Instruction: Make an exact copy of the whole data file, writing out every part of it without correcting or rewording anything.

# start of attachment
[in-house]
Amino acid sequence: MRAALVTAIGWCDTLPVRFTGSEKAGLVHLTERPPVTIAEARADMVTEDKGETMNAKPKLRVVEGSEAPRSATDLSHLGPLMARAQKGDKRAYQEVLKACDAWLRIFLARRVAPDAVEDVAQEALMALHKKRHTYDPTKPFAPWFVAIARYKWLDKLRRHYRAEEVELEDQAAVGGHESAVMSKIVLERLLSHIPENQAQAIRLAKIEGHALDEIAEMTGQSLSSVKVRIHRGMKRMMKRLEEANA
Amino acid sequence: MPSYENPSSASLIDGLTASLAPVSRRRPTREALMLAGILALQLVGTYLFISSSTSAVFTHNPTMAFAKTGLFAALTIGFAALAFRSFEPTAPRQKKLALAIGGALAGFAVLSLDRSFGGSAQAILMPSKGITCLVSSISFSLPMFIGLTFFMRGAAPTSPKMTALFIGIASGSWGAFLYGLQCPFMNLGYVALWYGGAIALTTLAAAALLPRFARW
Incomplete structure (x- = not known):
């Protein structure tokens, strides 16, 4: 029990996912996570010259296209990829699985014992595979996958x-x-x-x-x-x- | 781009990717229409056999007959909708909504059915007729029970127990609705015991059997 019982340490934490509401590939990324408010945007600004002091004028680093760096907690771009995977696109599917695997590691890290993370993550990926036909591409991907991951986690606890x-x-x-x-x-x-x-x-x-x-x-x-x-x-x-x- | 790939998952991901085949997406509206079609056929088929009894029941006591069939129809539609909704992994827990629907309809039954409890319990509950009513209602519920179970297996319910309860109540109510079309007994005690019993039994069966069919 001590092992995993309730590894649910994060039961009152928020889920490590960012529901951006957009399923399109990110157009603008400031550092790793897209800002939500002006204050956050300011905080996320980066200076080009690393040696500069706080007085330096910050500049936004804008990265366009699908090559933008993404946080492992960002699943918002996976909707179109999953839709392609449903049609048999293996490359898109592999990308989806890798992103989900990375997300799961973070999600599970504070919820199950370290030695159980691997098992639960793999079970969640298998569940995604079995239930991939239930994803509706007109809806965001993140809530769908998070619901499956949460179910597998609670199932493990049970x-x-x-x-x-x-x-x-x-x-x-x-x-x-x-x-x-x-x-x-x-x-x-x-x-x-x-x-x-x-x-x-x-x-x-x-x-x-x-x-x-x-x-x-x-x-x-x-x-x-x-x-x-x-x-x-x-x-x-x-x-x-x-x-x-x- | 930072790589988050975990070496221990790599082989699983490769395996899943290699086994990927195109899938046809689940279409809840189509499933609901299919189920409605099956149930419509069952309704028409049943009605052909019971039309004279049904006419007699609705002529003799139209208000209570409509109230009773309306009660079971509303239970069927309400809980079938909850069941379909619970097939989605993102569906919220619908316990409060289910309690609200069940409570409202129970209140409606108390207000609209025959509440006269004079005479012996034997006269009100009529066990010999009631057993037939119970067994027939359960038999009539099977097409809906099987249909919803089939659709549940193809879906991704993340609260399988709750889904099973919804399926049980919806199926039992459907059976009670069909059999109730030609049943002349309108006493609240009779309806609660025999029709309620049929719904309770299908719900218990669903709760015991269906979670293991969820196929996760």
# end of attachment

[in-house]
Amino acid sequence: MRAALVTAIGWCDTLPVRFTGSEKAGLVHLTERPPVTIAEARADMVTEDKGETMNAKPKLRVVEGSEAPRSATDLSHLGPLMARAQKGDKRAYQEVLKACDAWLRIFLARRVAPDAVEDVAQEALMALHKKRHTYDPTKPFAPWFVAIARYKWLDKLRRHYRAEEVELEDQAAVGGHESAVMSKIVLERLLSHIPENQAQAIRLAKIEGHALDEIAEMTGQSLSSVKVRIHRGMKRMMKRLEEANA
Amino acid sequence: MPSYENPSSASLIDGLTASLAPVSRRRPTREALMLAGILALQLVGTYLFISSSTSAVFTHNPTMAFAKTGLFAALTIGFAALAFRSFEPTAPRQKKLALAIGGALAGFAVLSLDRSFGGSAQAILMPSKGITCLVSSISFSLPMFIGLTFFMRGAAPTSPKMTALFIGIASGSWGAFLYGLQCPFMNLGYVALWYGGAIALTTLAAAALLPRFARW
Incomplete structure (x- = not known):
């Protein structure tokens, strides 16, 4: 029990996912996570010259296209990829699985014992595979996958x-x-x-x-x-x- | 781009990717229409056999007959909708909504059915007729029970127990609705015991059997 019982340490934490509401590939990324408010945007600004002091004028680093760096907690771009995977696109599917695997590691890290993370993550990926036909591409991907991951986690606890x-x-x-x-x-x-x-x-x-x-x-x-x-x-x-x- | 790939998952991901085949997406509206079609056929088929009894029941006591069939129809539609909704992994827990629907309809039954409890319990509950009513209602519920179970297996319910309860109540109510079309007994005690019993039994069966069919 001590092992995993309730590894649910994060039961009152928020889920490590960012529901951006957009399923399109990110157009603008400031550092790793897209800002939500002006204050956050300011905080996320980066200076080009690393040696500069706080007085330096910050500049936004804008990265366009699908090559933008993404946080492992960002699943918002996976909707179109999953839709392609449903049609048999293996490359898109592999990308989806890798992103989900990375997300799961973070999600599970504070919820199950370290030695159980691997098992639960793999079970969640298998569940995604079995239930991939239930994803509706007109809806965001993140809530769908998070619901499956949460179910597998609670199932493990049970x-x-x-x-x-x-x-x-x-x-x-x-x-x-x-x-x-x-x-x-x-x-x-x-x-x-x-x-x-x-x-x-x-x-x-x-x-x-x-x-x-x-x-x-x-x-x-x-x-x-x-x-x-x-x-x-x-x-x-x-x-x-x-x-x-x- | 930072790589988050975990070496221990790599082989699983490769395996899943290699086994990927195109899938046809689940279409809840189509499933609901299919189920409605099956149930419509069952309704028409049943009605052909019971039309004279049904006419007699609705002529003799139209208000209570409509109230009773309306009660079971509303239970069927309400809980079938909850069941379909619970097939989605993102569906919220619908316990409060289910309690609200069940409570409202129970209140409606108390207000609209025959509440006269004079005479012996034997006269009100009529066990010999009631057993037939119970067994027939359960038999009539099977097409809906099987249909919803089939659709549940193809879906991704993340609260399988709750889904099973919804399926049980919806199926039992459907059976009670069909059999109730030609049943002349309108006493609240009779309806609660025999029709309620049929719904309770299908719900218990669903709760015991269906979670293991969820196929996760």